“The best thing to do with crypto is to consider it as a long-term investment and ignore the day-to-day volatility. Short-term volatility is just part of the cryptocurrency scene”.

“That doesn’t mean there is zero risk. There will absolutely be moments of stress for investors as the charts swing wildly — 2019 had a 71% drop in price, for instance”.

“Selling your crypto might be something you want to consider when it’s trending up, but generally not when it’s dropping”.

Gilbert argues that drops like these are par for the course, given the highly risky investment profile of crypto, and should be treated as expected.

“Setting clear investment goals and outlining your risk tolerance is critical. Using risk management tools such as stop losses can also help investors minimise losses if they have a certain sell or risk level,” he said.

“The average bitcoin correction is around 51%, so investors need to be aware of that volatility before jumping in. Although some seasoned investors would say this is all par for the course, given that these corrections have occurred previously.”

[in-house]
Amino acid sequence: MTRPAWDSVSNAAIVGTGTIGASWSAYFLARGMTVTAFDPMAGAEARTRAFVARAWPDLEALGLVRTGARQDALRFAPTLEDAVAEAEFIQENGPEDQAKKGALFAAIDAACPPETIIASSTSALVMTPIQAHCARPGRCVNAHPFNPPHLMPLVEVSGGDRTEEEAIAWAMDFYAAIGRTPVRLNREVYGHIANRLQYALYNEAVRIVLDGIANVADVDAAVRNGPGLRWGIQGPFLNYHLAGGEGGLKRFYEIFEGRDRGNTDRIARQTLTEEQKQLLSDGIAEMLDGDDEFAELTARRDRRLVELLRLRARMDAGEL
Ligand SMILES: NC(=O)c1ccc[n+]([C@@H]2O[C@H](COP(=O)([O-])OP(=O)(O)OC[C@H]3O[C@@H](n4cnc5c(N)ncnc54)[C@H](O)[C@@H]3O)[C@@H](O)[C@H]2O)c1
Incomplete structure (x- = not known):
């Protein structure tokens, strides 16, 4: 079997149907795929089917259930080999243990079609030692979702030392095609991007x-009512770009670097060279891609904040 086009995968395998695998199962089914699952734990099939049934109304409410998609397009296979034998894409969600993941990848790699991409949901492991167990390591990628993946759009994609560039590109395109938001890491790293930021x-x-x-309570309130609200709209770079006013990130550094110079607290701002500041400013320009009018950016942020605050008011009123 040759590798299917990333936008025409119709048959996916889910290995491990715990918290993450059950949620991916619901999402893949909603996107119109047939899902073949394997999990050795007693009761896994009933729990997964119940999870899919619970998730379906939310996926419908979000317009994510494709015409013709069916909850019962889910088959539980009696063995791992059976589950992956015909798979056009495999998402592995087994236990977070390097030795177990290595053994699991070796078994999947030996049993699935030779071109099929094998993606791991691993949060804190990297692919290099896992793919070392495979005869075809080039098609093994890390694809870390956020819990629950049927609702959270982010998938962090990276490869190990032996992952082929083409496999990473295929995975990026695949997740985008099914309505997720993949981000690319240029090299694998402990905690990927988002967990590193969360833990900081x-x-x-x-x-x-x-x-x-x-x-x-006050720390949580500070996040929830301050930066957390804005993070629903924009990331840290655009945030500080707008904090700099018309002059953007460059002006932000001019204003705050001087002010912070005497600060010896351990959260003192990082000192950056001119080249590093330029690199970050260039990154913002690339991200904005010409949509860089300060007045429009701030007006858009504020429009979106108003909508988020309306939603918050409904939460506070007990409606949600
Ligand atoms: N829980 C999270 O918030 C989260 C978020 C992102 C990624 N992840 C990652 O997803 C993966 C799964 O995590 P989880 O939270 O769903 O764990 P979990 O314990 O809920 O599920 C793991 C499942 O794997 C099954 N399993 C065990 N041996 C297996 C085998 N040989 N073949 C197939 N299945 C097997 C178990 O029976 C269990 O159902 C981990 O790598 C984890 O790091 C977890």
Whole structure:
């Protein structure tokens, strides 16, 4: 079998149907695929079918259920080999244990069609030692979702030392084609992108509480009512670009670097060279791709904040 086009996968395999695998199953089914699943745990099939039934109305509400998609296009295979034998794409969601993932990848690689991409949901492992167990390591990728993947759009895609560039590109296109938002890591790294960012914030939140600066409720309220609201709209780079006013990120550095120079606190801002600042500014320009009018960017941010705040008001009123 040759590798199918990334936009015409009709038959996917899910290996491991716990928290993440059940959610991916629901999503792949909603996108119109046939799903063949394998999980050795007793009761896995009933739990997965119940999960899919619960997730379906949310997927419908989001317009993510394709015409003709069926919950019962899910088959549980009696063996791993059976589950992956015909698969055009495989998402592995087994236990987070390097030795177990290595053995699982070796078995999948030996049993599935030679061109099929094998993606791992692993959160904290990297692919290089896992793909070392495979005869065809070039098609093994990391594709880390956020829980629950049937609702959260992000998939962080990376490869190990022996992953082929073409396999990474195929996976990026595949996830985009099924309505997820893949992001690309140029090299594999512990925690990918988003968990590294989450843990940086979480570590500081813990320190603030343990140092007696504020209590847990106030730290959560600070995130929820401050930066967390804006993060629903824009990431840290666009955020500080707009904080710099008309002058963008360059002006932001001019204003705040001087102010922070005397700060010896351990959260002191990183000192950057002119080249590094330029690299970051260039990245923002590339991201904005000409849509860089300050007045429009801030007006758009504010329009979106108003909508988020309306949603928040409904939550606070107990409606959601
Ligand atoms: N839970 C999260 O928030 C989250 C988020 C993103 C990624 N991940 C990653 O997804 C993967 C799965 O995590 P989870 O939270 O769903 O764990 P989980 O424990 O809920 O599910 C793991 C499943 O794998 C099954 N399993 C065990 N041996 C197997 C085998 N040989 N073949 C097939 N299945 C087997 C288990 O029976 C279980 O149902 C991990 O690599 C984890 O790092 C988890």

Daniels agrees that personal circumstances should be the most important factor here:

“As everyone’s circumstance is different, crypto holders will need to assess their personal financial goals and risk tolerance at this time,” he said.

Is Now The Time to Buy?

The sage advice of Warren Buffet is always worth repeating here; time in the market is more valuable than timing the market.

Essentially, you are never going to be able to guess when prices have bottomed out or hit their peak, so trying to buy and sell at these points is a bit of a loss — and stress — making exercise. Staying in the game long-term is a much safer and saner strategy.

“One way to lower risk when investing in cryptocurrency is through dollar-cost averaging,” Jones says.

“Many long-term investors use it for traditional stock investment. This is where you regularly invest a fixed sum into a cryptocurrency. For example, $100 at the start of every month or even $25 a week. Doing that means you can avoid some of the market’s volatility and short-term instability.”

“As always, people need to make sure they compare the fees involved with trading crypto as these can vary dramatically between providers”.